Overlooked Gems of My Lifetime

Credit is given where credit is due regarding the overlooked gems of my lifetime.

Monday, August 22, 2005

Glenn Branca, The Ascension

I stumbled across The Ascension, the first full album by New York guitar-army composer/conductor Glenn Branca, at my old college radio station, and I was immediately hooked. You can't judge an album by its cover, but the Robert Longo-drawn cover of this album made me want to judge its contents. Unlike other records emenating from New York's then-happening (for some, that is) "No Wave" scene, this one packed a tight, walloping punch; it didn't sound like closet Jefferson Airplane cover band flunkies masquerading as Ornette Coleman disciples. Four specially tuned guitars, bass, and drums hammered away at five industrial-strength pieces that sounded then - and now - like some combination of minimalist composer Steve Reich, the Velvet Underground's noisier stomps, and the sweeping violins excerted in Apocalypse Now from Wagner's Ride of the Valkyries. Here, former Teardrop Explodes mastermind, Julian Cope, describes the sound of this record better than I do here.*

I would buy one other Branca album, Symphony #1, I believe, which was basically the sound of a dozen guitarists holding a single note at a low volume for 40 minutes. Someday I'll buy another album of his, especially if I can remember which one it was I saw performed at Drexel University in the mid- to late-80s. The show was booked as part of the university's classical music program, and seeing all the middle-aged subcribers holding their ears was a treat. More of a treat, however, was seeing the music performed live. If memory serves, he had eight guitarists and a drummer that night, including the very cool writer Tim Sommer and the guy who would partner with him in Hugo Largo (ugh - the performance I saw of that band is sure to make my forthcoming Overlooked Turds... blog - but let's keep this blog on the up and up!). Combined with Branca's contortions as conductor there was enough visual stimulation to have made the show memorable had I gone completely deaf. Had I been deaf, however, the beautiful vibrations from the stage would have been icing on the cake. You get the idea. The show ROCKED. For an encore, the band, with Branca joining in on guitar and with at least half of the members displaying the grins evident of the recent inhalation of a big joint, came out and played "Sister Ray".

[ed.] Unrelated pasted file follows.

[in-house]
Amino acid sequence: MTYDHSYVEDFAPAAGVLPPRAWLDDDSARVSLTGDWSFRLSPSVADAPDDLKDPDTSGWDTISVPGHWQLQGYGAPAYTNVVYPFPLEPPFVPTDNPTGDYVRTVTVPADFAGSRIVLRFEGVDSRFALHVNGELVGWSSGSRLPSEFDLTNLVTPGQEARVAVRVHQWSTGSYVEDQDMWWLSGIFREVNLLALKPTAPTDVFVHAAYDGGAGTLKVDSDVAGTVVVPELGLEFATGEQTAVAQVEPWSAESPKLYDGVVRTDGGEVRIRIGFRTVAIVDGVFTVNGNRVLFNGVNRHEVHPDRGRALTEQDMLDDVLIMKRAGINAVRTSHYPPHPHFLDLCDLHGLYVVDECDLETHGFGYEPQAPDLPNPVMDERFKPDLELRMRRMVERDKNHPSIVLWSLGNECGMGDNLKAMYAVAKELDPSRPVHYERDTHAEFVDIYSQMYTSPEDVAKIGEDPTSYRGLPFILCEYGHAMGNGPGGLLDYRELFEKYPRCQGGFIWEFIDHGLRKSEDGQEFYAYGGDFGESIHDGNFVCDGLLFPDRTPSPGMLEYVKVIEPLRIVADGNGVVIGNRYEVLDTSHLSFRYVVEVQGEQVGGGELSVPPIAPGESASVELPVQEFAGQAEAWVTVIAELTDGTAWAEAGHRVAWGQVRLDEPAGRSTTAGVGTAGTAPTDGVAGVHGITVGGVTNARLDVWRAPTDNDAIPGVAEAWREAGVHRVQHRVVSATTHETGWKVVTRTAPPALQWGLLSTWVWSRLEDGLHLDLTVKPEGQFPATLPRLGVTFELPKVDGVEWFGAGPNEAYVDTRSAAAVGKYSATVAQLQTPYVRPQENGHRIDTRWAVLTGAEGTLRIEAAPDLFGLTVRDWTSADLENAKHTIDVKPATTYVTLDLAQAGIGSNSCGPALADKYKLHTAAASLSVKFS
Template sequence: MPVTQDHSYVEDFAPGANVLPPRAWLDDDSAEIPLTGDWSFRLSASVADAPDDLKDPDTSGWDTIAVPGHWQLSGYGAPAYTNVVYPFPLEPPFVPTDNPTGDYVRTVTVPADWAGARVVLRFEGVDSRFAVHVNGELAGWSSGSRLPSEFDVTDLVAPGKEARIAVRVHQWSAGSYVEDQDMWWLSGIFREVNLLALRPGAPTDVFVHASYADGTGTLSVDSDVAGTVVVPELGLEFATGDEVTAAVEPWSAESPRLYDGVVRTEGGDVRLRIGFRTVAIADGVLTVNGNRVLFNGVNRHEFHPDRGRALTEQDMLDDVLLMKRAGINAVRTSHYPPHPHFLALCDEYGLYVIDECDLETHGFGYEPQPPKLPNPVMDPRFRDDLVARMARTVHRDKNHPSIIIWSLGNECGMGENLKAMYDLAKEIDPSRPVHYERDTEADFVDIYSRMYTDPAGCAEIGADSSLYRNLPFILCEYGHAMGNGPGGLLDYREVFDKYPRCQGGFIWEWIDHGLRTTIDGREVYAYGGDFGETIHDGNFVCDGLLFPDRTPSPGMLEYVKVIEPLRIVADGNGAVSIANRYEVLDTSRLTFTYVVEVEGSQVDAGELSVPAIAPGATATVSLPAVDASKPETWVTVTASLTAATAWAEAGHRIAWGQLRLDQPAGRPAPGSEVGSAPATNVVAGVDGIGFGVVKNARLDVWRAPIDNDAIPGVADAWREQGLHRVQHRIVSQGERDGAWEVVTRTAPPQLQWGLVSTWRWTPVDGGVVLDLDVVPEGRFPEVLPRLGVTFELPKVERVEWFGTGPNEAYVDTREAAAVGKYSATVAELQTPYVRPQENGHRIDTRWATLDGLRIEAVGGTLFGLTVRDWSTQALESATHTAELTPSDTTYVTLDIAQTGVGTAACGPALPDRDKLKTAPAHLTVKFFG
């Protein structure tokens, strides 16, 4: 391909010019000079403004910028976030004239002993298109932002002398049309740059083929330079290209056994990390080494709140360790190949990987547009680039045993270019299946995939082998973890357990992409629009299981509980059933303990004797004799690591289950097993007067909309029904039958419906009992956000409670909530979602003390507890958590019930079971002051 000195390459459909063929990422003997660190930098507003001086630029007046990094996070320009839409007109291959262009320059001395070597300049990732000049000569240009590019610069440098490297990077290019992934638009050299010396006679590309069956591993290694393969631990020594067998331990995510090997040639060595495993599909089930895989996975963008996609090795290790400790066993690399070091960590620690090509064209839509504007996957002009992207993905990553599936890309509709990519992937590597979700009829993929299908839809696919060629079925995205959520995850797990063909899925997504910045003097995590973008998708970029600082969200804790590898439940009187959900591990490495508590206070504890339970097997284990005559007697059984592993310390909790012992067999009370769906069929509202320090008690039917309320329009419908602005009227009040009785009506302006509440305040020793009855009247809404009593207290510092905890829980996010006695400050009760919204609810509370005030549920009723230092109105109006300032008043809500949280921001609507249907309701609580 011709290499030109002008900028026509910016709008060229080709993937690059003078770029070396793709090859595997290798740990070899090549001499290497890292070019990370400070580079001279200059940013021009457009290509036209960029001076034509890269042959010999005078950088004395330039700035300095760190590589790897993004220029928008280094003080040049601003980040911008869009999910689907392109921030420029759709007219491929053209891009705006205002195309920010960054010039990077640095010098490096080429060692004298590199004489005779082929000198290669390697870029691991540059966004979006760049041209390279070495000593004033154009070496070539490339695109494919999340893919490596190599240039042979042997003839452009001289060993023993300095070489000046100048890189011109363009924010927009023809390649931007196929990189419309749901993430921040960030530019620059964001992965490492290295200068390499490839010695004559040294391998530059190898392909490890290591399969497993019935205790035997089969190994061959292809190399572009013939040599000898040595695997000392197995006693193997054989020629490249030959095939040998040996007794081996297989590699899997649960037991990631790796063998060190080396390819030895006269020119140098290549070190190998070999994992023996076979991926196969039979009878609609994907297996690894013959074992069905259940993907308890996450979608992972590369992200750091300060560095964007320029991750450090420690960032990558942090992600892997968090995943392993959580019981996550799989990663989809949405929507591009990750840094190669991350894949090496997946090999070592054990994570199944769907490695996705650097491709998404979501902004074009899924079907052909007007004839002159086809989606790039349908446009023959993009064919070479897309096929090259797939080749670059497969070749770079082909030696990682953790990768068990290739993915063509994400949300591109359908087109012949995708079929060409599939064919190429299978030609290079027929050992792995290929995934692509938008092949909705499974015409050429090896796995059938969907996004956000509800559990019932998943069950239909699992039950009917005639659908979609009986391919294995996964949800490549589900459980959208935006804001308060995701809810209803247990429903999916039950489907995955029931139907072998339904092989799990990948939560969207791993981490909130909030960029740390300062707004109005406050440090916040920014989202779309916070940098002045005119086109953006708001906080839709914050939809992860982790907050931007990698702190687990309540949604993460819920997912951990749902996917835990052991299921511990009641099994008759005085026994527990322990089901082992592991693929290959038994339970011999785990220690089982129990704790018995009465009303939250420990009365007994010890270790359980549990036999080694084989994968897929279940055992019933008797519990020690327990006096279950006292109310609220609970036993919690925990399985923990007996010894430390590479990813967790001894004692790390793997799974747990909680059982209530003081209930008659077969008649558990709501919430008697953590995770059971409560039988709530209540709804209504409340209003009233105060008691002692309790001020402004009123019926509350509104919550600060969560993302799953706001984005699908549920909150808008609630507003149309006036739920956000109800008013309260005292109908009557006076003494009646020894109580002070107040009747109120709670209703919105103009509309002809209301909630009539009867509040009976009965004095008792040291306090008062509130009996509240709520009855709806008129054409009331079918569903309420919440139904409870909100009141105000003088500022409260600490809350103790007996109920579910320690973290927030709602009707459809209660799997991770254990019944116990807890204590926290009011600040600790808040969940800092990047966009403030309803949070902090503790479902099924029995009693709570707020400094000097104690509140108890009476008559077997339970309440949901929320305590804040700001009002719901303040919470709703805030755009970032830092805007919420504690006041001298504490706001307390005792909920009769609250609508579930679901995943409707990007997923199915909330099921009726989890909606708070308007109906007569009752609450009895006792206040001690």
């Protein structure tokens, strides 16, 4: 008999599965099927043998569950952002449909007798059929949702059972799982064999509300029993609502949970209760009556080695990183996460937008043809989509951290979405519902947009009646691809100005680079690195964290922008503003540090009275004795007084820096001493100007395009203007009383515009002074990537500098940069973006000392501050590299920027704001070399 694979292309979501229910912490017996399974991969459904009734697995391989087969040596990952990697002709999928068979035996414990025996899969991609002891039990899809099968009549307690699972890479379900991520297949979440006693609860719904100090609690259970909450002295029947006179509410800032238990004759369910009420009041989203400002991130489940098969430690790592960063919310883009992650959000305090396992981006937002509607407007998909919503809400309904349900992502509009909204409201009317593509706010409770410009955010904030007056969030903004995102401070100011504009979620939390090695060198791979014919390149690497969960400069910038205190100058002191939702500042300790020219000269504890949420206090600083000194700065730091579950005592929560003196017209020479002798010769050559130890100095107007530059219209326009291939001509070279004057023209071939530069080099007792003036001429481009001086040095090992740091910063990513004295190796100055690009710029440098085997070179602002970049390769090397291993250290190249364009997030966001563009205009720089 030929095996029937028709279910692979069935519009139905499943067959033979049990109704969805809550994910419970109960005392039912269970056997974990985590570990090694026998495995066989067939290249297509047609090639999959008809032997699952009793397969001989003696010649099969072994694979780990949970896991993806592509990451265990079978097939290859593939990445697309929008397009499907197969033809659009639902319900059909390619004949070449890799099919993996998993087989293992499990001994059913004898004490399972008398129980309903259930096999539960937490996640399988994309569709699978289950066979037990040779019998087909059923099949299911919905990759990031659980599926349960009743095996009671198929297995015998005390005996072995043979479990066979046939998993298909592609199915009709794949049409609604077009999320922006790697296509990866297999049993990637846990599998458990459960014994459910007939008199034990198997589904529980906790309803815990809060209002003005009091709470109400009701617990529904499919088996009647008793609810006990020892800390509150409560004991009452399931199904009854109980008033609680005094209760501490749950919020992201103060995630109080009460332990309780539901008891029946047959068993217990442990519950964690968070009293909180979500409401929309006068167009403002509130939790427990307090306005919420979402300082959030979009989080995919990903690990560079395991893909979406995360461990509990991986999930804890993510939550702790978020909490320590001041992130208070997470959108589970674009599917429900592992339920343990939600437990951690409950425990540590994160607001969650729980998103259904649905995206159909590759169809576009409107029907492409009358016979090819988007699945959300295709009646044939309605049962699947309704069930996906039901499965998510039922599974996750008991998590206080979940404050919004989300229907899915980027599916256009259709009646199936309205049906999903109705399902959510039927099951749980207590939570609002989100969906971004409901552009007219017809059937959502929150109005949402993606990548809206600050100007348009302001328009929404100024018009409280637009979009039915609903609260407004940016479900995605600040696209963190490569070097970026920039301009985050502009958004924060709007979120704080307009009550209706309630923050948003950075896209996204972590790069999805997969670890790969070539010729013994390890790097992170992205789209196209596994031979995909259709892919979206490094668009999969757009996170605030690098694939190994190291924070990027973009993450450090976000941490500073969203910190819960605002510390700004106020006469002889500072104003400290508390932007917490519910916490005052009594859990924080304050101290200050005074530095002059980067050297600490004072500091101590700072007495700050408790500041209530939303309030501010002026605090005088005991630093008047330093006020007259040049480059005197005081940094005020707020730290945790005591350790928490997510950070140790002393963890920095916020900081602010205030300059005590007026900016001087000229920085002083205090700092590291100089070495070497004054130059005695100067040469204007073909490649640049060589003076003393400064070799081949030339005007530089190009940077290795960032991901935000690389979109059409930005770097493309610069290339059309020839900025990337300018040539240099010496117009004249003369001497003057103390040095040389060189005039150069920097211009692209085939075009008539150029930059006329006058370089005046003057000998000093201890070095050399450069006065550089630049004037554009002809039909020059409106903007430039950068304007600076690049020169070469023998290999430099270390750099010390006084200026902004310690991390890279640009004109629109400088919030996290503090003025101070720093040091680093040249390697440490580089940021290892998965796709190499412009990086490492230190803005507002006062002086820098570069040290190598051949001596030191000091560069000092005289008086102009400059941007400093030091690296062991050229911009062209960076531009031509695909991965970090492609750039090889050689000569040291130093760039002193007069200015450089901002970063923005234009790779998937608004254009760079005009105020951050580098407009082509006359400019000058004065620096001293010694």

*It should be noted that this Head Heritage site that Cope is behind may be an Overlooked Gem unto itself. For my money, the man's writing on overlooked gems of his lifetime far outweigh his own musical contributions.

Wednesday, August 17, 2005

Boyer Smoothies

The alternative to Reese's Peanut Butter Cups, this unattractive (imagine the pasty skin tone of William F. Buckley, Jr. in candy form), chocolate-free peanut butter cup answers the question "What if the guy who was holding the peanut butter ran into another guy holding peanut butter, but in the form of a chocolate bar?" Actually, as a trip to the humble Boyer Candy Web site will explain, the outer coating is a butterscotch-flavored substance. For fans of chunky peanut butter, the filling has ground up bits of peanuts. Why this Altoona, PA-based candy manufacturer, home to the better-known and equally scrumptious Mallow Cup, doesn't rule the roost in American candy making is clear, but when's the last time you found redeemable "coins" inside your Hershey product?

Monday, August 08, 2005

Bobby Douglass

This lefthanded quarterback for the early '70s Chicago Bears threw the worst-looking ball in NFL history. However, he was lefthanded, he rushed for a then-record-for-a-QB 900-plus yards - often plunging off-tackle like a fullback - and he was completely lacking in grace. The lefty 10-year-old playground QB that I was could identify.

Monday, August 01, 2005

The Final Scene in the Otherwise Horrendous Staying Alive

If I ever were to document the stinking, heaping turds of my lifetime, Staying Alive, the Sylvester Stallone-directed sequel to Saturday Night Fever, might top the list. With little effort, I managed to avoid seeing this movie until 20-some years following its release. One night, while flipping channels, I had to give it a try. It's a good thing, because the delay in seeing it not only allowed me to better appreciate the majesty of this movie's badness, but it allowed me to uncover the tiniest overlooked gem of the movie's final scene. And this blog is all about appreciating the good.

John Travolta would have made a better career move by starring in a gay porn film. Stallone, who'd long ago used his single bullet in the arts, manages to make a musical romance set on Broadway with no sense of choreography; not the slightest spark of romance; and a poor man's Michael Sambello soundtrack, courtesy of his brother Frank. You would think that, if nothing else, a slimmed down, buff, and oiled Travolta would have an opportunity to display his enthusiastic dancing talents. You would think that the most generous self-absorbed actor of his generation would have the chance for a meaningful look in the mirror. But no. For 92 minutes, Every Italian Mother's Favorite Son is shackled, humiliated, and even ignored. Finally, in the movie's 93rd minute, Tony Manero tells his woman he has to get out and simply "strut." Tony/Travolta is liberated. The music of the Bee Gees is cranked up, and for a few seconds we see our hero strutting down Times Square with that shit-eating grin and the perfectly feathered hair. The camera freezes on the final image, and I'm left with goosebumps. Moments like these, my friends, are just rewards for one's patience and faith.